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Torsional, Angular, and Deficiency Disorders of the Lower Extremity

  • Frederic Shapiro
Chapter

Abstract

This chapter describes (i) the rotational and torsional lower extremity deformities included in the descriptive terms in-toeing and out-toeing that are generally self-correcting with growth and (ii) the relatively few femoral and tibial angular and limb deficiency disorders where the primary sites of deformation occur in the metaphyses and diaphyses that are among the most difficult childhood orthopedic conditions to treat.

Keywords

Torsion and angular deformities: in-toeing, out-toeing Rotation versus torsion Femoral anteversion and retroversion Internal and external tibial torsion Clinical examination Foot progression angle Thigh-foot angle Transmalleolar axis Spontaneous correction with growth common Defined instances of non-correction with growth needing osteotomy correction Severe torsional malalignment syndrome Congenital pseudarthrosis of tibia: types, pathoanatomy, value of multimodal treatment resecting pathologic tissue, apposing healthy bone, augmenting bone repair, and applying effective stabilization Metaphyseal-diaphyseal curvature (rickets, osteogenesis imperfecta) with or without adjacent joint obliquity Self-correcting posteromedial tibial-fibular angulation with calcaneovalgus foot deformity Deficiency disorders: classifications Bone and soft tissue pathoanatomy Lower extremity length discrepancy Management with surgical correction/amputation for femoral disorders (proximal femoral focal deficiency, congenital short femur, distal femoral dysplasia) Fibular hemimelia Tibial hemimelia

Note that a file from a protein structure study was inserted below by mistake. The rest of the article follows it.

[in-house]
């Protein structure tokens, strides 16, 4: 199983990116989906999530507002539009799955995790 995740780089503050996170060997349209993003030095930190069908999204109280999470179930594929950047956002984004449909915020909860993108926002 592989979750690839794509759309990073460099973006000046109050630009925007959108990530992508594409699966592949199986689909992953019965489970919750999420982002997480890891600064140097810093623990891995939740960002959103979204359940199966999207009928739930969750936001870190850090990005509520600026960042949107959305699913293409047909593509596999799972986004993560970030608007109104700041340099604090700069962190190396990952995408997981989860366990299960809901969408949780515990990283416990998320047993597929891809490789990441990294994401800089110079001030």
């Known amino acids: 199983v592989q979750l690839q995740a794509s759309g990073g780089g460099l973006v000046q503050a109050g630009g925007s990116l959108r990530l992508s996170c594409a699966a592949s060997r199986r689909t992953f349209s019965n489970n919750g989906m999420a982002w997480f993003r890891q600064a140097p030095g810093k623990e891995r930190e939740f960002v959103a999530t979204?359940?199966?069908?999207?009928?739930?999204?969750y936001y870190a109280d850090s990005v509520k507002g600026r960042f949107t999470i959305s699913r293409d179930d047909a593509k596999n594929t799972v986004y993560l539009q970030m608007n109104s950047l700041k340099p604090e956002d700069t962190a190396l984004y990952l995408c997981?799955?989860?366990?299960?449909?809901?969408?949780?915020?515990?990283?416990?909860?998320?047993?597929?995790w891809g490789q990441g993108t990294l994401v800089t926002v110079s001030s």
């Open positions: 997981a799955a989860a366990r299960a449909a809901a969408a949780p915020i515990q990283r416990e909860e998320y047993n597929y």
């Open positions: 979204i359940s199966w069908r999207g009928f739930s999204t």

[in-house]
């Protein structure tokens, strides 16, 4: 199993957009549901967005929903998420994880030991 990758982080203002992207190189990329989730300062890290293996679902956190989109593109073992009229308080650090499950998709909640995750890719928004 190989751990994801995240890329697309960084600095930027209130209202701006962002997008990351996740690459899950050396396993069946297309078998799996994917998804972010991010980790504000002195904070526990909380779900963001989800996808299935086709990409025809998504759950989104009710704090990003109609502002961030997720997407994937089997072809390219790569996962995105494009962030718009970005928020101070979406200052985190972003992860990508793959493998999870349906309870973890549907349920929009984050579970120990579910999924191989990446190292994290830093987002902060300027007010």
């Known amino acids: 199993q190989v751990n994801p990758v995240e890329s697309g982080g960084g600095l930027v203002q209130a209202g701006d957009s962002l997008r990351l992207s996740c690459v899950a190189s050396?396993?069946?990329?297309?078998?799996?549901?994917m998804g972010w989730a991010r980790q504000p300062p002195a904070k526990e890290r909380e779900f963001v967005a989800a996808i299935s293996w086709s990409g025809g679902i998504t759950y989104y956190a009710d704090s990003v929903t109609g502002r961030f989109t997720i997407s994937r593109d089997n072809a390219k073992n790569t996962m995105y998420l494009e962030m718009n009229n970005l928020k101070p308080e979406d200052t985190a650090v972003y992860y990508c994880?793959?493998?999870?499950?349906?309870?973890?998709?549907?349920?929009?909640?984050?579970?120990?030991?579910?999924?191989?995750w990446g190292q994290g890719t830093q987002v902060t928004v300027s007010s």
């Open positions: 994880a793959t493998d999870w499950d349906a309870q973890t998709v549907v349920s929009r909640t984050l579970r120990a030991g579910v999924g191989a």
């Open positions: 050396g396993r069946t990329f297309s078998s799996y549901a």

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© Springer Nature Switzerland AG 2019

Authors and Affiliations

  • Frederic Shapiro
    • 1
    • 2
  1. 1.Visiting Scholar, Stanford University School of Medicine, Department of Medicine/Endocrinology (Bone Biology)Palo AltoUSA
  2. 2.Formerly, Associate Professor of Orthopaedic Surgery, Harvard Medical SchoolBoston Children’s HospitalBostonUSA

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